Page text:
Peer to peer review and mentoring

Medical and nursing staff in the UK now have to undergo annual appraisals, usually with a peer who coaches them through their appraisal paperwork, discussing issues and highlights of the year with them and helping them to develop themselves as a health professional.  Although there’s always a mad rush at the end of the year to get all the relevant bits of paper uploaded to one’s appraisal file in time for the allotted meeting, the process if done well encourages the health worker to focus on their goals for the next year, helps to prevent burn out and allows us all the space to reflect on our own practice.

Agnes, instructor in Liberia

This process is in its infancy in Liberia and Cameroon.  Jarlath has put together a draft form which gathers information about skills and confidence decay, provides a method of assessing someone’s on-going competence and allows a structure for peer mentoring.  We are not quite sure how this will work in the field but will be rolling it out over the next few years in Cameroon while we work out how to help support local instructors in the long term.

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Evaluation – how to avoid the “not knowing what you don’t know” trap

Dr Jarlath O’Donohoe instructs on life support courses in many different countries (he has lots of embroidered shirts to prove it).  He is the educator on our Generic Instructor Courses and has been doing a lot of work on our course evaluation forms.  Here are some recent thoughts from him on “pre-post evaluation”:
“No one likes to waste their time. In developing country health services this is even more important since human resources are so scarce. Equally important is to avoid thinking you are wasting your time when you are not. In evaluating a training exercise it seems obvious that asking questions before and then after the training will help identify what is worth doing and what is not worth doing.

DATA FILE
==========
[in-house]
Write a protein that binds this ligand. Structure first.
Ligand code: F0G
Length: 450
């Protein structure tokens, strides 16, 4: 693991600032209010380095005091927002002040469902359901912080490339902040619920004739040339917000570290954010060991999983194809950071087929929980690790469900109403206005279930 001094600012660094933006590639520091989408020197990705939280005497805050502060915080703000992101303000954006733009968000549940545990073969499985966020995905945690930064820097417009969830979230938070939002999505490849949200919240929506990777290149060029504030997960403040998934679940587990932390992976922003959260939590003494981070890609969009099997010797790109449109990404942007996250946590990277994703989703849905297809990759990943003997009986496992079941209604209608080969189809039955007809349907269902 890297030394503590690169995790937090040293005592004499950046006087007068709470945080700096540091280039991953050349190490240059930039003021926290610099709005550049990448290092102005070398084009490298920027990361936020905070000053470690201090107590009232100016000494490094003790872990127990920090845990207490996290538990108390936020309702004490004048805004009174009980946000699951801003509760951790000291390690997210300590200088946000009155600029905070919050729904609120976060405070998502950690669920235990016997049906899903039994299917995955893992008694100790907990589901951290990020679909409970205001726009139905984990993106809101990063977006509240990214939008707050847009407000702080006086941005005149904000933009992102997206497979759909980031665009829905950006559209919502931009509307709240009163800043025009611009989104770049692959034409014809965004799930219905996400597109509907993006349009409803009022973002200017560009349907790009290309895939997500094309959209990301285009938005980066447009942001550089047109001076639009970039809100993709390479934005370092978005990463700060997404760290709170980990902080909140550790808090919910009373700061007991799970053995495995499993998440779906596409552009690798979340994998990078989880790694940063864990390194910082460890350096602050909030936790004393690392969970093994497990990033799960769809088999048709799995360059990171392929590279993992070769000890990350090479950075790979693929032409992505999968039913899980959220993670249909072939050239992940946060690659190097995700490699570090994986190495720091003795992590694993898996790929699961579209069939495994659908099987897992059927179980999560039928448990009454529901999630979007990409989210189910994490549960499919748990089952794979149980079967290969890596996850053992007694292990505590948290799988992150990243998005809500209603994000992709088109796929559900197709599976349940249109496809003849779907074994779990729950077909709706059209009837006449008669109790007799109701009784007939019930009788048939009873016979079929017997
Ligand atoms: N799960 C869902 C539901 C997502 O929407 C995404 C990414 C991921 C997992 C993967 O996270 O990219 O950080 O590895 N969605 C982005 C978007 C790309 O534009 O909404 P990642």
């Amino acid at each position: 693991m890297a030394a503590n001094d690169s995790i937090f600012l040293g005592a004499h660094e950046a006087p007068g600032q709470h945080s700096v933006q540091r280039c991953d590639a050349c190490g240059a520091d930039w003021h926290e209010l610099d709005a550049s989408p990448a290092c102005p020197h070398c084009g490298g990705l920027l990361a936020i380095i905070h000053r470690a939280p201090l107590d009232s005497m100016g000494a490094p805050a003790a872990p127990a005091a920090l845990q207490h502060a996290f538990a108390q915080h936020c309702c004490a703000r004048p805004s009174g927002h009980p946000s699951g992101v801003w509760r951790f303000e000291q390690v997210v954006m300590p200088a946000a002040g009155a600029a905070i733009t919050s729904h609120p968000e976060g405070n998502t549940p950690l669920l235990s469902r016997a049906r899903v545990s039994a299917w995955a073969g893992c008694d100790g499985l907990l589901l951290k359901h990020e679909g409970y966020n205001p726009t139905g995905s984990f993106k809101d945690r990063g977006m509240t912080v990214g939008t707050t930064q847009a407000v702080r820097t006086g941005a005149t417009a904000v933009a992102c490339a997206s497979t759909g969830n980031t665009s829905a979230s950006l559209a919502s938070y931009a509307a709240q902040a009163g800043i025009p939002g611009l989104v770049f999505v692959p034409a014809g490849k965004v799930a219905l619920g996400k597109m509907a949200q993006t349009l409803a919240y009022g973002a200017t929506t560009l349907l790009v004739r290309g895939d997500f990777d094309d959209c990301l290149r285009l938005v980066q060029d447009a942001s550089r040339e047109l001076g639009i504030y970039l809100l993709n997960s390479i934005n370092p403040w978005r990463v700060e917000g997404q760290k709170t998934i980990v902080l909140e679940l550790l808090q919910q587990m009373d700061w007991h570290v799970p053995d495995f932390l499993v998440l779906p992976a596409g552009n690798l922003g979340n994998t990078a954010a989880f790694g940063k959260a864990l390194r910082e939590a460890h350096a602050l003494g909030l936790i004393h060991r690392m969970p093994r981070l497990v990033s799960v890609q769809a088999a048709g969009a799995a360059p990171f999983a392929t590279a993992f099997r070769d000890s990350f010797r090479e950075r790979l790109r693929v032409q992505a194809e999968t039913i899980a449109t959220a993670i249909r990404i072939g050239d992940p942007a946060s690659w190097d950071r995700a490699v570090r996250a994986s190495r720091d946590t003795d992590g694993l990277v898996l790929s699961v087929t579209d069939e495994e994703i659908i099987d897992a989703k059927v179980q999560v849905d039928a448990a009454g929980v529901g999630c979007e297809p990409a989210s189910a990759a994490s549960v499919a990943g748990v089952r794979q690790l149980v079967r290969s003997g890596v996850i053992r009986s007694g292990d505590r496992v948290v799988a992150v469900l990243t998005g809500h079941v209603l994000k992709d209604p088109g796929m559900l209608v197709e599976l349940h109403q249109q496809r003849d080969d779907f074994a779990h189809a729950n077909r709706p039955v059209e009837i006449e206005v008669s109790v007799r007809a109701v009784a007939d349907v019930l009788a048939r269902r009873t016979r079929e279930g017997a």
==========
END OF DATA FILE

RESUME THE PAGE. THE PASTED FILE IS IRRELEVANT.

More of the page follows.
However, like in so many other spheres of life, what is obvious is not always true and what is true is not always obvious. It turns out (Academic Emergency Medicine: Educational Advance: Bhanj F, Gottesman  de Grave W.  The Retrospective Pre–Post: A Practical Method to Evaluate Learning from an Educational Program, Feb 2012) that asking questions at both the beginning and end may fail to identify useful learning. The example given is of someone who thinks himself quite knowledgeable at the beginning of a course and scores himself 7/10.  Then, having learned a lot more about the topic, he again scores himself 7/10 at the end.  There has been a lot of learning and the 10 at the end of the course is a much bigger 10 and therefore the 7 is a much bigger 7.  This can not be shown statistically.
The term the authors use is retrospective pre-post (RPP) evaluation. Experience has shown some people scoring themselves as highly capable at the beginning of our training sessions but who are not able to do things like bag and mask ventilation. So we have moved to an RPP approach to evaluation.”
This entails giving our learners just one questionnaire at the end of the course which asks them how confident they felt before the course in certain skills and areas of knowledge and how confident they feel at the end of the course.  It seems that recall bias might be a lesser evil than “not knowing what you don’t know”.

Outcome measures

The ultimate outcome measurement for the Newborn Care Course project would of course be a reduction in neonatal mortality in the areas where we work.  There are so many confounding factors in any clean data that is actually collected that it is almost impossible to prove that one intervention like this has any statistically significant effect on neonatal mortality.  But our funders always ask for outcome measures.  This year in Cameroon we changed the feedback form a bit, bringing it more into line with the template suggested by the UK’s Royal College of Paediatrics and Child Health.  This has allowed us to measure pre- and post- course confidence in the main areas identified by WHO as contributing to newborn deaths.  Here are the results from last month’s course:


The challenge now, of course, is to keep that confidence up going forwards.